Back to charity, but also back to “MMMBop.” On the December 13, 1997 episode of “Saturday Night Live” hosted by Helen Hunt, Hanson appeared in a sketch in which Hunt and Will Ferrell hijack an elevator at gunpoint and force the captives to listen to “MMMBop” as they slowly go insane. (Hanson played "MMMBop" earlier that that night.) “Life is too short not to have a sense of humor,” says Issac, noting thehe repetition in the song and on the radio. On the plus side, the catchy song has been praised by U2’s Bono, who called it “one of my favorite songs of all time.”

“Bono was very, very gracious many times,” says Isaac. “Our connection with him became [reality] by our charitable connection. We had some correspondence. Being in the business and being fans of who they were and what they were about, having seen shows, met them to talk with them. And they’ve said very kind things to us in private meetings.”

Of Hanson’s mission, Isaac says, “We didn’t pick this cavalierly. Where it came from, our home-town in Tulsa, some friends of ours were taking a trip to South Africa to do small start up technology company. They were givingaway equipment to a small research lab in South Africa. (It sped up the process of how AIDS/HIV patients could get treated.) We decided to join them and take a look first hand, see whether we felt we could be involved in. We were very aware of the issues and supportive of what was going on… You don’t know your place in it. It was an educational trip. We came away sayng, as clichéd as this is, ‘We need to start now, and ask why and how later.’ This is not an issue that’s going to wait for us to do a perfect charitable concerts. Unless we take simple steps forward. So, we started with a charitable single and t-shirt and then, thought ‘We’re a band, we do music, do shows, we could talk in front of stage.’ But unless there’s a context you’re probably going to nnoy people. You need to talk to them face to face. This beautiful symbolism of the album called the walk and we said we should take walks in every city. Helped TOMS shoes donate 50,000 pairs.”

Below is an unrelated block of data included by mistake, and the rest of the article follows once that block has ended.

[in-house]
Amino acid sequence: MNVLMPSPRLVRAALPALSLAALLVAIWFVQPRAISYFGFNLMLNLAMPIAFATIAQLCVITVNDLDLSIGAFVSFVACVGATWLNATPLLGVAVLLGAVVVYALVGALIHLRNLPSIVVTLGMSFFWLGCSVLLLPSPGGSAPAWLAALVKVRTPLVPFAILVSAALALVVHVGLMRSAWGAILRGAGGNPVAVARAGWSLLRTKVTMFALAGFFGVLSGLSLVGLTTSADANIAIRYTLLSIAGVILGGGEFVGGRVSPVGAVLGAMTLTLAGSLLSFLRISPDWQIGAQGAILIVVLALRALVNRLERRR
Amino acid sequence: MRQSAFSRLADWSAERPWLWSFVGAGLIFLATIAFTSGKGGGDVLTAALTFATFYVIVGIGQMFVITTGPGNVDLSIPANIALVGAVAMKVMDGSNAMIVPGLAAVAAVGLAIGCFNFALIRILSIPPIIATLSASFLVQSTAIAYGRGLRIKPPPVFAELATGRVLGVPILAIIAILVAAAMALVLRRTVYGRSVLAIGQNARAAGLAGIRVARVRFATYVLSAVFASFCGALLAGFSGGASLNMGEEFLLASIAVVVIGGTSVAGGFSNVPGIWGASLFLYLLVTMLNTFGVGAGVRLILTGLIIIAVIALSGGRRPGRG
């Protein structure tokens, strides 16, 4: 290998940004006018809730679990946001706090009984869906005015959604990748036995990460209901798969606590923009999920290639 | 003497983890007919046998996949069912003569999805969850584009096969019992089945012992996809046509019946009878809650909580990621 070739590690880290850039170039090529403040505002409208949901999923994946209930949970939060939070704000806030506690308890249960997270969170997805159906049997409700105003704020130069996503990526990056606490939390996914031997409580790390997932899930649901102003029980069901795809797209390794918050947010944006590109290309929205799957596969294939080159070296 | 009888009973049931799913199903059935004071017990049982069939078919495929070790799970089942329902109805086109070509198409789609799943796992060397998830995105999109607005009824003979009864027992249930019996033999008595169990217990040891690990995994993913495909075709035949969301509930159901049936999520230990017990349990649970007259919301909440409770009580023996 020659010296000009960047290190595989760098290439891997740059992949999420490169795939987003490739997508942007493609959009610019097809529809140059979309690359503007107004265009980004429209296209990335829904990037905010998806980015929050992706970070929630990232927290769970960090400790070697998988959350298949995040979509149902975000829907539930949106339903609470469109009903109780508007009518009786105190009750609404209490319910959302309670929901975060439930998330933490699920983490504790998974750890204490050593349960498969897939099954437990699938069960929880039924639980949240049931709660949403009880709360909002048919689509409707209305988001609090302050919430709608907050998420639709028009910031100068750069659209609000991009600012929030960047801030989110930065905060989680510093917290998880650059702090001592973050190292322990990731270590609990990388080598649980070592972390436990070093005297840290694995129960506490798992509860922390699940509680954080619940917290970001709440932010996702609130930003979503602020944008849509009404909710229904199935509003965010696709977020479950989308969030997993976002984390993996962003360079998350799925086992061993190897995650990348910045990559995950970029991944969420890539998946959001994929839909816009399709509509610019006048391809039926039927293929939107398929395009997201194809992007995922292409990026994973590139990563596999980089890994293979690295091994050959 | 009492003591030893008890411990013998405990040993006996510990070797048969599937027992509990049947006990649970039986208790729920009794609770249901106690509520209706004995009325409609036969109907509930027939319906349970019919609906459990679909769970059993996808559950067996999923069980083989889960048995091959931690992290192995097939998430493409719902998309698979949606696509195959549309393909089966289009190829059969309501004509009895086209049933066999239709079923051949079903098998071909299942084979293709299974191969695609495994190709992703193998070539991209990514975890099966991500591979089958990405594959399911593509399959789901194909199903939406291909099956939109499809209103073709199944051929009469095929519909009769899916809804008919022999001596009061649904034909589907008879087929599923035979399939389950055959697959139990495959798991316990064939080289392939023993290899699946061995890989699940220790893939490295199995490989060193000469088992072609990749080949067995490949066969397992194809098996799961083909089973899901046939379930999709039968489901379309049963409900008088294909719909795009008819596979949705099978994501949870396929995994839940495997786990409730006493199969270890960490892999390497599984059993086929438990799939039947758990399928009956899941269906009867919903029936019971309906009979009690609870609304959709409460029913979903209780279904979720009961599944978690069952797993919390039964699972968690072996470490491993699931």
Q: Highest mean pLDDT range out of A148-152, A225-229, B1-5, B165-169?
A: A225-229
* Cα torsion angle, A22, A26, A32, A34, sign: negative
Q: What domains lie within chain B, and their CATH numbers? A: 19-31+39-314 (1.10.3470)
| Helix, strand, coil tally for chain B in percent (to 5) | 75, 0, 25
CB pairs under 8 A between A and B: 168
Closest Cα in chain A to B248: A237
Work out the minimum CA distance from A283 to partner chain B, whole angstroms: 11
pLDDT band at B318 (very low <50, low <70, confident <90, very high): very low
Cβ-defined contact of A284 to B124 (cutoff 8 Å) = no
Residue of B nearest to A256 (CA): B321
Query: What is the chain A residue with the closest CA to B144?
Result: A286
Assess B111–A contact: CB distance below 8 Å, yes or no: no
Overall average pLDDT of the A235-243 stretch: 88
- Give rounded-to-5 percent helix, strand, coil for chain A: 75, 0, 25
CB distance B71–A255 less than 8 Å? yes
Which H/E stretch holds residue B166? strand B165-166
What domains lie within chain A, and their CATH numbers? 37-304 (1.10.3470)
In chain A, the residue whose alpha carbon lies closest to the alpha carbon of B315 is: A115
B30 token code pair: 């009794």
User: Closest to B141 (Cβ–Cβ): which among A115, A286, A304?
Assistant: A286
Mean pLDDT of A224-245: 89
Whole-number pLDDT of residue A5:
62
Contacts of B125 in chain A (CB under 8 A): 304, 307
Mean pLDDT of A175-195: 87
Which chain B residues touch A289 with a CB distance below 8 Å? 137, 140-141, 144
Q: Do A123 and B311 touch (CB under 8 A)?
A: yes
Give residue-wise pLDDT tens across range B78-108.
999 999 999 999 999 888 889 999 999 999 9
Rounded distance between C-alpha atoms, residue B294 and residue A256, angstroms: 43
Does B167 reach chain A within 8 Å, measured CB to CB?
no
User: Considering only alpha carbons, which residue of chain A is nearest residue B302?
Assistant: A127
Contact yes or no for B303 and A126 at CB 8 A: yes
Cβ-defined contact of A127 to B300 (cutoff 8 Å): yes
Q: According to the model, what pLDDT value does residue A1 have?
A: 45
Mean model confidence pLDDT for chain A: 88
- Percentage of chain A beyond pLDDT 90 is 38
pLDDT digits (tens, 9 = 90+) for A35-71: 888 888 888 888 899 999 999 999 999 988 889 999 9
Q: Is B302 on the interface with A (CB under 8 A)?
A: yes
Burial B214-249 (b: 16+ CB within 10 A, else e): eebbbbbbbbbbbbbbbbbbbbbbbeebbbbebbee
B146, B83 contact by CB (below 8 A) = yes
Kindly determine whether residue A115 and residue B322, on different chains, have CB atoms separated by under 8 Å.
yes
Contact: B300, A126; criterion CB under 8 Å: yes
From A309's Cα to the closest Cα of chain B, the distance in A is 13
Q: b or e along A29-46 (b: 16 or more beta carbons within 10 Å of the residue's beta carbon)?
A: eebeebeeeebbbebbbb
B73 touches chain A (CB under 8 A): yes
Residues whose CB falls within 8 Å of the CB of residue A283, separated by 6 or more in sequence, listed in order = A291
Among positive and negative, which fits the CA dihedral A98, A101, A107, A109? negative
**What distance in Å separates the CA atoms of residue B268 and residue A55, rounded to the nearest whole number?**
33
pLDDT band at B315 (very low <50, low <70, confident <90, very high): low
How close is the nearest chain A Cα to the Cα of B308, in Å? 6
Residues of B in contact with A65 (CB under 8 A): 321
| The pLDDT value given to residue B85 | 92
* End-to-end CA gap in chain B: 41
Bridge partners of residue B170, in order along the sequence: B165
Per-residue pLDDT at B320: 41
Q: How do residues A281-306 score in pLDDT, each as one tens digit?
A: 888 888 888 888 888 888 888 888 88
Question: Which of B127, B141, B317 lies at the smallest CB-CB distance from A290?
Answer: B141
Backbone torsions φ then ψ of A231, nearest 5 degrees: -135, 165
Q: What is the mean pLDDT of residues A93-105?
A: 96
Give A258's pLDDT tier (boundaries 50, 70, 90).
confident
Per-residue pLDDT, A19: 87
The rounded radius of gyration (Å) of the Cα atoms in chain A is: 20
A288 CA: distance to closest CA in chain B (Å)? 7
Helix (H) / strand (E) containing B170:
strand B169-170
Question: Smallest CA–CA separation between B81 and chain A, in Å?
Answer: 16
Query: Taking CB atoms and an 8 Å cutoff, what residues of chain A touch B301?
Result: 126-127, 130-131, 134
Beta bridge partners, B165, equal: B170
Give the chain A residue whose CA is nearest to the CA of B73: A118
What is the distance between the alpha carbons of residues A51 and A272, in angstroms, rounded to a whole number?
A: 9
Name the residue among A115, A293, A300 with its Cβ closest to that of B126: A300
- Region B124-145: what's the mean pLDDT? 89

Back to music and the new disc which the LA Times called "intelligent mainstream rock with a soulful influence” adding "These brothers must be seen live.” Issac: “Musically, what inspires us is late ‘50s/early ‘60s R&B and rock and roll, the rhythms and the songwriting. That’s still who we are. Maybe we’re a little more aggressive in our interpretation of it. Because frankly we’re a little bit more jaded. I mean that in a playful way. We love pop songs and are not afraid to write them, but our most seemingly lighthearted hit, ‘MMMBop,’ the lyrics were attempting to address an issue of perceived importance – that life’s short, live it well, and the people you think are your best buds may not be in the end. As heavy as that sounds, that’s what that was talking about. The chorus and lift was about the fleeting nature of time. We joked we were good at making sad songs sound happy. I mean it in hunble way.